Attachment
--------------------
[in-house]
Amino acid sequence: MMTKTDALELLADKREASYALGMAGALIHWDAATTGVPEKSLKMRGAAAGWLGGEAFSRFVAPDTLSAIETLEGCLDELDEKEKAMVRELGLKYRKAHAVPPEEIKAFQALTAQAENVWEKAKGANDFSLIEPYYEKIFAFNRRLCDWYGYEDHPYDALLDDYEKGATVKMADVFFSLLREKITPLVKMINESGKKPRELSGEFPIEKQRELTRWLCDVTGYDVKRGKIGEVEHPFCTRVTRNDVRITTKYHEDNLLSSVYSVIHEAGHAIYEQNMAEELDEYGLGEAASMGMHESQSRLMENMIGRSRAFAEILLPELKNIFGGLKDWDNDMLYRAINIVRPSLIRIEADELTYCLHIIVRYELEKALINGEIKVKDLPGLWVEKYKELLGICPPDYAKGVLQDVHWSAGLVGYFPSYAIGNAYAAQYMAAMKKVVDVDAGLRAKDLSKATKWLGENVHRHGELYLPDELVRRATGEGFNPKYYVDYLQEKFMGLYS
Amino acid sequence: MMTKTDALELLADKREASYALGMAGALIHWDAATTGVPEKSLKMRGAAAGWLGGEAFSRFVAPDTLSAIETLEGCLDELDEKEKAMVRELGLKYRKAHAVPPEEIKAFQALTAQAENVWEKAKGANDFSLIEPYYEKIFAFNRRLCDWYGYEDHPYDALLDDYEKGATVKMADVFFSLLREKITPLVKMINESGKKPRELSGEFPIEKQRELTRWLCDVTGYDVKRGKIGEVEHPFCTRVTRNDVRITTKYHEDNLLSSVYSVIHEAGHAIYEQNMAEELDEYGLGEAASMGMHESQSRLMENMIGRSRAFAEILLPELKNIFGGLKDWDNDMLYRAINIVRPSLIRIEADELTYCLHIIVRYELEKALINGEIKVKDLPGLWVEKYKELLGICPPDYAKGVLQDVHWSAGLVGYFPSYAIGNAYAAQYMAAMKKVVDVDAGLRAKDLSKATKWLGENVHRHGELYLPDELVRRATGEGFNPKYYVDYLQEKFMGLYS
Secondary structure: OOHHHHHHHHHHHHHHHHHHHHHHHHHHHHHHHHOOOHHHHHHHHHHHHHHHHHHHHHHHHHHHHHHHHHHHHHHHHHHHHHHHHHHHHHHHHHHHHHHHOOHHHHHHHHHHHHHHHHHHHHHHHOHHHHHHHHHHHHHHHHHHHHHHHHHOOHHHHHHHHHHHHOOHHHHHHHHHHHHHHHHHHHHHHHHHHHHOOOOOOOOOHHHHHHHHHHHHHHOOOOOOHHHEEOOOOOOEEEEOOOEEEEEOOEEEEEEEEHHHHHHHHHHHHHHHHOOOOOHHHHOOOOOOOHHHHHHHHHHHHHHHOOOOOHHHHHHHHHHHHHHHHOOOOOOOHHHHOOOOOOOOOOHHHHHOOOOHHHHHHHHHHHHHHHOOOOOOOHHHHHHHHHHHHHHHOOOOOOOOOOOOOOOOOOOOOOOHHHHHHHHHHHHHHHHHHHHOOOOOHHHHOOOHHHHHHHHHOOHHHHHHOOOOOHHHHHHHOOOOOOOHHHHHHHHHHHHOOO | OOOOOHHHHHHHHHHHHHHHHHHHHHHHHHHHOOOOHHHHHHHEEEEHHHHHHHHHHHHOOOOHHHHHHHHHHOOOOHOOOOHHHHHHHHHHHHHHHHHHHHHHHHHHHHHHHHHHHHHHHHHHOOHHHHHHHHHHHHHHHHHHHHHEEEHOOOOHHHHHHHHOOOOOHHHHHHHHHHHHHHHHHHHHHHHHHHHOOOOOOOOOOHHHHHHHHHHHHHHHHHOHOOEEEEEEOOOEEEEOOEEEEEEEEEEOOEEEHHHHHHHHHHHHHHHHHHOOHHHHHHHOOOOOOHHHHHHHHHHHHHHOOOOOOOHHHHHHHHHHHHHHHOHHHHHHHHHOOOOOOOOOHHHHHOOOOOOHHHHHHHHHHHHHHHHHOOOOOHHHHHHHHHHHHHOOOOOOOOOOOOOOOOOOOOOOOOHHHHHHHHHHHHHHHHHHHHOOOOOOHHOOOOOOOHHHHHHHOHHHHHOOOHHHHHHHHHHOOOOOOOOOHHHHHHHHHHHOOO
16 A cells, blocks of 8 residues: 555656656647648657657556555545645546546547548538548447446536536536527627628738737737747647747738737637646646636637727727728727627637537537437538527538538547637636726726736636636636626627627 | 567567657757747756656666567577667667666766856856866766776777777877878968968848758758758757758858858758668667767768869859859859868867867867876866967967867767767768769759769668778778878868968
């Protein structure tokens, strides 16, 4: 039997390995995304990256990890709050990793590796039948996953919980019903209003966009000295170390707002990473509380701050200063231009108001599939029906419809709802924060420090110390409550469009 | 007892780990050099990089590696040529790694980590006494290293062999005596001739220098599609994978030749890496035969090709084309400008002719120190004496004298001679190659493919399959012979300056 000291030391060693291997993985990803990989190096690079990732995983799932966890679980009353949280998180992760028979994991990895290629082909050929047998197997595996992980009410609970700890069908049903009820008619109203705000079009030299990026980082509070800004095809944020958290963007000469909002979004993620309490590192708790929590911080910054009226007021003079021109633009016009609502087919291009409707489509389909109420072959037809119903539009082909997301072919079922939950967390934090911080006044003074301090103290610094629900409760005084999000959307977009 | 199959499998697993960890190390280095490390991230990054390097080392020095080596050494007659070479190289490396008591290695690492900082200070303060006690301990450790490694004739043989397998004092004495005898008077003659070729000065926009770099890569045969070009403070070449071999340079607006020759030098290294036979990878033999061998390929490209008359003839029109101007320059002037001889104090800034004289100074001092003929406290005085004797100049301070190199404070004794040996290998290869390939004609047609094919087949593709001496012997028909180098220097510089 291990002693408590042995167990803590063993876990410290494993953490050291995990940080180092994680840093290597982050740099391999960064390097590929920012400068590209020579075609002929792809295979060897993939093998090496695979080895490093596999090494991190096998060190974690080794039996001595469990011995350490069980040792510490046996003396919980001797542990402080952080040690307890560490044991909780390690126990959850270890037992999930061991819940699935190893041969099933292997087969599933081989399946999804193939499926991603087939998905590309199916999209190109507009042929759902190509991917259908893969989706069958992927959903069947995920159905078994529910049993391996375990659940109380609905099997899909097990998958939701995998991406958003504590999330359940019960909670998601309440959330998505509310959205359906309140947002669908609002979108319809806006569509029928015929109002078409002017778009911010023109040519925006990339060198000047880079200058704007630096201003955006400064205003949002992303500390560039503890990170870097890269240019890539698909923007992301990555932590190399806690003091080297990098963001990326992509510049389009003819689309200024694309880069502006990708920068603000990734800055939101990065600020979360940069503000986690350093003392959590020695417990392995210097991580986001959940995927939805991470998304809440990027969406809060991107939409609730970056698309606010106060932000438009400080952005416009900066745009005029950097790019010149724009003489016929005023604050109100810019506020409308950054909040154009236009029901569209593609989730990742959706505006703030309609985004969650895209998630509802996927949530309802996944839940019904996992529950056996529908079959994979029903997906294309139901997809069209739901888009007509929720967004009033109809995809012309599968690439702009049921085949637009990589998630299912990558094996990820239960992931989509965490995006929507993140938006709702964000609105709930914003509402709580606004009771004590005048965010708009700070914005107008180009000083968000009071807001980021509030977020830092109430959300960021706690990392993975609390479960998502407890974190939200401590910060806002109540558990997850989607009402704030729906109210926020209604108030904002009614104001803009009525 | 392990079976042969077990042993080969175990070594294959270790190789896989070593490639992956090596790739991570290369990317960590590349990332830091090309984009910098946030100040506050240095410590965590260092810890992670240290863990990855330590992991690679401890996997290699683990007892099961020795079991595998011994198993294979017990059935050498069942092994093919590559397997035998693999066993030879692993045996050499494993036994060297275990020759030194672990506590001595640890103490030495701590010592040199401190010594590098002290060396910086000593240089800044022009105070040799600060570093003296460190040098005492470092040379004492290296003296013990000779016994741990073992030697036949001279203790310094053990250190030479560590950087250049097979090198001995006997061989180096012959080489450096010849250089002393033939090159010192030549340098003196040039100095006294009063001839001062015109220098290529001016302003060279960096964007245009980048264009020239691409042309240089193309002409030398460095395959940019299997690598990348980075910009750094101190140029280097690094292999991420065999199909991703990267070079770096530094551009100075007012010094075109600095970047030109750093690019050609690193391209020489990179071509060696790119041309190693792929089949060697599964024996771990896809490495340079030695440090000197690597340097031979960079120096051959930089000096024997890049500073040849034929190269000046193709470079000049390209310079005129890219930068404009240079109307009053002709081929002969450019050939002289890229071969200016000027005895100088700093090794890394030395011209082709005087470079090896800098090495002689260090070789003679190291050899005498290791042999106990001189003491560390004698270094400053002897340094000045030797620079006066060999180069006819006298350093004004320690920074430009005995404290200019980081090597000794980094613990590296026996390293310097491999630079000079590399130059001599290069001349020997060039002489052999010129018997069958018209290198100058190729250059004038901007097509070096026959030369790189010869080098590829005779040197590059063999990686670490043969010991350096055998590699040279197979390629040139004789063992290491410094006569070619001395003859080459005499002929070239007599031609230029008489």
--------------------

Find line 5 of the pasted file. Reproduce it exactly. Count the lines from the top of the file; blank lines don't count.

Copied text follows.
16 A cells, blocks of 8 residues: 555656656647648657657556555545645546546547548538548447446536536536527627628738737737747647747738737637646646636637727727728727627637537537437538527538538547637636726726736636636636626627627 | 567567657757747756656666567577667667666766856856866766776777777877878968968848758758758757758858858758668667767768869859859859868867867867876866967967867767767768769759769668778778878868968